They look pretty disgusting but are actually very tasty. While inhaling them, we begin to play games on their Wi. I then proceed to get my butt kicked in MarioKart by Rodrigo’s wife. She is a pro. After almost two hours of starvation, Rodrigo’s wife takes the first of 4 batches of lasagna out of the oven. It is SO delicious. After almost 6 hours of playing MarioKart and eating about 5 servings of lasagna we head home. I am so full and think I might fall over in pain.

This is what happens when you don’t feed Kirsten properly. 

Back home, we decide to go for a jog to try and help us digest. Instead I feel worse and sleep it off (at 6pm). After a quick snooze and feeling slightly better, we head down to the Jazz Bar at the Peace Hotel!

An impressive taxi driver weaves through traffic with insane agility and drops us off in record time at the Peace Hotel. And we promptly travel back in time. The thick tapestries and dark wooden furniture are dimly lit with glowing chandeliers and candles on every table. Everybody seems to occupy another world as we focus exclusively on the musicians in the center of the room. The average age of the Old Jazz Band musicians is about 80 years old. How’s that for timeless? While sipping new-to-me drinks such as Manhattans, Cosmos, and Martinis, we listen to the sweet melodies of classic jazz and are transported back to 1920. I almost look down to check and see if I am actually wearing a flapper dress and cap (I wish).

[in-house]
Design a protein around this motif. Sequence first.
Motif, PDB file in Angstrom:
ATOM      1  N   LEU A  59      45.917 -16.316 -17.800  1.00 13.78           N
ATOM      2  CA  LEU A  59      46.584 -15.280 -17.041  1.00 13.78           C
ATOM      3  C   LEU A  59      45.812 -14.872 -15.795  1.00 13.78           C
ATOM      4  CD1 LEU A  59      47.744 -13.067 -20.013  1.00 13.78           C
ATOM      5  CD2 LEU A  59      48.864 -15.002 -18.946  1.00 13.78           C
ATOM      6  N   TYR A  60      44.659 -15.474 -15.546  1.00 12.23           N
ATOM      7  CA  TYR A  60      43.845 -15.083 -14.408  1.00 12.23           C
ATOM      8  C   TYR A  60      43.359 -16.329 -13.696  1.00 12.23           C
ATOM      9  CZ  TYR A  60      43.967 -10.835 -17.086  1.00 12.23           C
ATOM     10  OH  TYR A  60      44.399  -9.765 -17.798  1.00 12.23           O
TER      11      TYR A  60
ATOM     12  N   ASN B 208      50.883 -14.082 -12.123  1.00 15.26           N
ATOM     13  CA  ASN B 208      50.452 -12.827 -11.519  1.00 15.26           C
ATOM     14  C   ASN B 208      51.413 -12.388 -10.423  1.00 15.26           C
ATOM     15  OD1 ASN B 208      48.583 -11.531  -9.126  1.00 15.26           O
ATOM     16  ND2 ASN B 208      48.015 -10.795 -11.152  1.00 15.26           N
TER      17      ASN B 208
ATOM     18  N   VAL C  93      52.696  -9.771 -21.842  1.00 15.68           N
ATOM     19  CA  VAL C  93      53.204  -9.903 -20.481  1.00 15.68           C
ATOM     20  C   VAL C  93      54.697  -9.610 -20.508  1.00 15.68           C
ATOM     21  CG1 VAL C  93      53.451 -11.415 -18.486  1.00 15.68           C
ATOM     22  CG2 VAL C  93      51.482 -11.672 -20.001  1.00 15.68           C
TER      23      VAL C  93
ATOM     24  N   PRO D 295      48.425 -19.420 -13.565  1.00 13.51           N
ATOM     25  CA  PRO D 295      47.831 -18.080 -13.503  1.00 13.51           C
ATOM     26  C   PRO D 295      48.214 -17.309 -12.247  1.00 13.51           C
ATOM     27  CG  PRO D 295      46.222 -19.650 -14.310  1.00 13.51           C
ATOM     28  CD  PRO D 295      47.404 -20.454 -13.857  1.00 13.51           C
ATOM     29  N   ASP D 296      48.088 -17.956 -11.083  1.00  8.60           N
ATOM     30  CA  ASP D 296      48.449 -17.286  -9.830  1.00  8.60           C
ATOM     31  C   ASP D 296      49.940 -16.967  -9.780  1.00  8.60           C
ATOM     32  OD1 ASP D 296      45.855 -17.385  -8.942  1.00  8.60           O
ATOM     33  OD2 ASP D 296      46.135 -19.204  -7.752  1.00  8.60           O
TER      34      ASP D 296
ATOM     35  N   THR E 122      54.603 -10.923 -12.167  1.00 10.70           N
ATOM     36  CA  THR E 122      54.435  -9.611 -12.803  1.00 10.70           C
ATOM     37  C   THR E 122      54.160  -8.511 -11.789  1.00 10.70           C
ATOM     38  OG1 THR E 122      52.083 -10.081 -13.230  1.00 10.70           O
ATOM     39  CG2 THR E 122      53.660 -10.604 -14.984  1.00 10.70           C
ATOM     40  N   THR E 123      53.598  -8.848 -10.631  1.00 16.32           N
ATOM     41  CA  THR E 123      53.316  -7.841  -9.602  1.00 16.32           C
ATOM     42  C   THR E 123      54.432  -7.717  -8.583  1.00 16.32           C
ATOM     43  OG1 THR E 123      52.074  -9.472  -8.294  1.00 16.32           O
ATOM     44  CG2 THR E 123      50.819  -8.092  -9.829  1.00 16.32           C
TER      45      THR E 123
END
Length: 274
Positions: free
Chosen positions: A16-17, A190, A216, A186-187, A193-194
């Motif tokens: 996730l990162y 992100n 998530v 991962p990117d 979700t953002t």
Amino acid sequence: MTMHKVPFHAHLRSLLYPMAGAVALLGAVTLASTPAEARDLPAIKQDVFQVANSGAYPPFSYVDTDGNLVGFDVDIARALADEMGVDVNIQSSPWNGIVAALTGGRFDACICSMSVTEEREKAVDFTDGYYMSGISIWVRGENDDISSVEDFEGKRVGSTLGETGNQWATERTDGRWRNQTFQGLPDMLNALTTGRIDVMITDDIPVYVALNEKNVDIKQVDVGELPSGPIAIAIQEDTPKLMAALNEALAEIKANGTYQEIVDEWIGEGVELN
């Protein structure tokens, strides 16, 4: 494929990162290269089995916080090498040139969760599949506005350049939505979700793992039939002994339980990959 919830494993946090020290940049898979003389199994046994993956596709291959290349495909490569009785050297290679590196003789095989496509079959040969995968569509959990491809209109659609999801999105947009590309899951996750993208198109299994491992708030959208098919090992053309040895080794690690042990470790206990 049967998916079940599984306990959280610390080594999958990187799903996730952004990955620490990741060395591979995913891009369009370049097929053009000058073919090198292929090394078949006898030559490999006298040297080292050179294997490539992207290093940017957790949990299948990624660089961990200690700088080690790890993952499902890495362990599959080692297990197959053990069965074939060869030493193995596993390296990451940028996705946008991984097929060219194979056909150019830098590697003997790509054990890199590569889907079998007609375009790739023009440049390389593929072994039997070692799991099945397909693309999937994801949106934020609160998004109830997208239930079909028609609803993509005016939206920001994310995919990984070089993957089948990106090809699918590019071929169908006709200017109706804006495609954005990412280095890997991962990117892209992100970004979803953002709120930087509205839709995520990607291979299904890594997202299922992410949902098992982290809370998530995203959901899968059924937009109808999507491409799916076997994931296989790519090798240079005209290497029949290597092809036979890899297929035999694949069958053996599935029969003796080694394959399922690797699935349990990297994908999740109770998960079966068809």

Dazed, we stick around for the next jazz group to take the stage. These musicians are young and hip and many are American. The drummer looks almost exactly like Mike Krohn, my roommates husband. I think I had too many Cosmos. The music is much more lively and modern. After several songs, we head back home, exhausted and full.

Day 11- My last day in China! Saddened by the loss of my fedora at Kevin’s home in Xiamen, we head back to the twisted alleyways off Nanjing Road on a mission. Retracing our steps with purpose, we find the same hole-in-the-wall shop and purchase another hat. I also buy Morgan a beautiful pocket watch necklace. I almost keep it for myself.